What's the Deal with Tapioca Flour?

by (603) Updated March 19, 2013 at 12:51 AM Created November 26, 2010 at 10:51 PM

OK what's the story with tapioca flour? We are looking at using it for our cheat pizzas which we try to keep as cheat free as possible. Anyone know anything about this stuff?

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9 Replies

3482 · November 27, 2010 at 5:22 AM

I'd say to go ahead with the tapioca starch.

I understand the point of view of others who like to use meat for the crust or nothing at all, but gosh if you're going to eat some carbs, it might as well be non-toxic and non-fructose laden, and tapioca is a good contender for both.

The other thing is that we have to remember that not everybody on a paleo diet likes to eat close to zero-carbs and we see more and more possible advantages of having at least a little carbs in ones diet for already healthy people.

I'm talking here about the series on the possible dangers of long-term very low-carb diets by the Perfect health diet:


Like it or not, they bring some good points to the table.

So in summary, as long a you don't drive a major part of your calories from tapioca, it should be perfectly fine, maybe even healthful, even if it's a micronutrient-poor source of carbs. Sweet potatoes would of course be a better choice as a source of carbs.

9983 · November 27, 2010 at 1:56 AM

Why cheat at all when you can make a meatza?

Line a glass dish that was used for macaroni cassaroles with ground round 1/4 inch thick. Cook at 400 F for 12 min til brown.

Pizza sauce is spaghetti sauce cooked in saucepan with with crushed garlic and dried thyme and dried basil and dried oregano. Take a medium onion and juice it. My hand grater has a backside that will juice the onion along with pulp. Cook slowly for 15 min til herbs permeate the sauce.

Precook Farmer John sausage in small pieces and drain.

Purchase pepperoni slices at store.

Grate mozarella cheese and any other kinds of cheese you like.

I use a whole can of mushroom pieces.

I also use green pepper and onion as toppings.

Now start layering on the cooked hamburger meat, the pizza sauce, cheese, toppings one after another after another until it is about a half inch higher than the side of the dish.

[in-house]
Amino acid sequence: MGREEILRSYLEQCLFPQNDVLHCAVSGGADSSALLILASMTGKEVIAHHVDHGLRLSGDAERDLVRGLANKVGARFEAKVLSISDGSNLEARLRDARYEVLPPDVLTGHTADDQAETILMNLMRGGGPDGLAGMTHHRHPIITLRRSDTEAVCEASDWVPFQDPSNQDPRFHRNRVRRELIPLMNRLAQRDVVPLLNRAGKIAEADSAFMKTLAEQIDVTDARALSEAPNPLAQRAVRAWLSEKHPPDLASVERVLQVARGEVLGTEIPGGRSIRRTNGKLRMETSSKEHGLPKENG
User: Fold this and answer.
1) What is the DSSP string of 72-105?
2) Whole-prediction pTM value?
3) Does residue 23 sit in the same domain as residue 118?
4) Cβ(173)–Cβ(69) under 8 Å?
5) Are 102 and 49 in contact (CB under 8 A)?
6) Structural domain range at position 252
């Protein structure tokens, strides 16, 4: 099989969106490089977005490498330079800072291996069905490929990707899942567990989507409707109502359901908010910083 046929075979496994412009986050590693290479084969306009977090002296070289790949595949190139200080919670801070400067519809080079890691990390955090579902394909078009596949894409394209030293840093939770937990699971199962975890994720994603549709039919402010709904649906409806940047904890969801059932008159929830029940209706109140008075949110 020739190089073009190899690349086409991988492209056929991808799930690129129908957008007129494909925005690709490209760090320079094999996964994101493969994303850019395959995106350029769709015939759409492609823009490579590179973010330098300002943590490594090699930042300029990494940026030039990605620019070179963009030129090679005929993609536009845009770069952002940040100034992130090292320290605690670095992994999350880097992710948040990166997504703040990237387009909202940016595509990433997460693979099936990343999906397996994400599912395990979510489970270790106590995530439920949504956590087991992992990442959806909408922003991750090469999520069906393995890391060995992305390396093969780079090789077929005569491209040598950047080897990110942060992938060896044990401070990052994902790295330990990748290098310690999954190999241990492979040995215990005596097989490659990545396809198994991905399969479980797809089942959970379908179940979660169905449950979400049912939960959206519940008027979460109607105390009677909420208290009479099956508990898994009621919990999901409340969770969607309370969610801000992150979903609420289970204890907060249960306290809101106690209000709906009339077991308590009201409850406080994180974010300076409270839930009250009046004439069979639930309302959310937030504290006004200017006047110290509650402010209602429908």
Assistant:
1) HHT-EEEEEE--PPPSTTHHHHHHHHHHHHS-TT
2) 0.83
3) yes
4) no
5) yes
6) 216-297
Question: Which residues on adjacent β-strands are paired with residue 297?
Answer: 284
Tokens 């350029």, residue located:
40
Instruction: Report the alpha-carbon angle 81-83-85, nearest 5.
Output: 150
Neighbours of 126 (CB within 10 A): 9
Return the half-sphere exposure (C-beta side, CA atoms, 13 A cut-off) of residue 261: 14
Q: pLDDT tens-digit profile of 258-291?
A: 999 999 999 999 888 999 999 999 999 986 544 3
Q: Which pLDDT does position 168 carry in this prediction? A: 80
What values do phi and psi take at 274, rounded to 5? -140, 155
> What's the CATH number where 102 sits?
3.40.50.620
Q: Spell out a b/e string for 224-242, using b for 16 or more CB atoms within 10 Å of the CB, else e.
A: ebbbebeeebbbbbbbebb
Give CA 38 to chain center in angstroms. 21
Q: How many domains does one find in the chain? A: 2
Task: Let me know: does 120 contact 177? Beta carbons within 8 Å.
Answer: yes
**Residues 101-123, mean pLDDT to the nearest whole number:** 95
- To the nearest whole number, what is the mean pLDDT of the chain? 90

Cook 400 F for 12 to 15 min.

You cannot tell the wheat pizza crust is not there. It saves well in the fridge. Cut out squares for a quicky heat up in the microwave.

All the pizza taste without the gluten.

20 · October 10, 2011 at 3:44 PM

Have you ever thought of making a frittata? My family and I make it when we have pizza cravings. Scramble eggs with desired seasonings. Cook in a warmed and 'oiled' (we prefer our local pasture fed butter) cast iron skillet. Since you are wanting a pizza type flavor add in cooked onions, fresh basil, fresh tomatoes, meat of choice and some cheese. that is if you are eating cheese. I like to top mine off parmesan cheese and a tomato sauce made with caramelized onions with finely grated carrots. This surprisingly tastes like a pizza!

18383 · November 27, 2010 at 3:29 PM

We often use ground sausage for the bottom of a quiche, similar to what Dexter suggested, but you can also make a fine crust out of grated cheese, if you're having dairy -- just press it into the pan and load it with your egg mix if it's quiche, or sauce and toppings if it's 'pizza'. Another alternative is nuts -- again a controversial paleo ingredient, but acceptable to many. In this case you grind them, and mix with butter or other fat, press into the pan and pre-bake. I use this for sweeter dishes, but might work for a savoury dish, too.

45 · September 14, 2012 at 3:53 AM

What's wrong with tapioca? It comes from the cassava root and is paleo.

40 · November 27, 2010 at 4:18 AM

As far as I can remember Tapioca is 89% carbos and very poor nutritional value. I eat my pizzas without crust.

0 · March 19, 2013 at 12:51 AM

I see people are referring to eating zero carbs. This is not the point of paleo, anywhere between 50-150 per day to maintain. Only drop below 50 when teaching your body to burn ketones. And always remember the 80/20 rule so you don't crash. P.S. I have been doing paleo for years and don't really believe there are any dangers!

138 · September 14, 2012 at 12:41 AM

I consider tapioca, like white rice, (ooh boo, hiss grains) to be a "safe starch". Personally, I prefer meatza, but my wife and kiddos really like the breadiness of "chebe bread crust." www.chebe.com is a good way to find this stuff. A little bit now and then is ok, especially if you smother it in loads of good food and lots of fat to lower the glycemic index. No, it shouldn't be a staple, and yes, it is basically pure nutrient-free carbs, but for the occasional pizza crust or (gasp) burger buns... It is a nice way to keep my wife and kids happy while still maintaining a gluten free, paleo( ish) household. Remember, this is not a religion, no one is gonna banish you to grok-hell for this. Just keep the frequency and dosage low, and you'll be fine!

10004 · October 10, 2011 at 4:51 PM

Does anyone use tapioca flour instead of corn starch or wheat flour to thicken sauces or chili? Does tapioca flour have less anti-nutrients than wheat flour or corn starch? I don't plan on consuming any tapioca flour other than a teaspoon or 2 as thickener in recipes that call for flour or corn starch.

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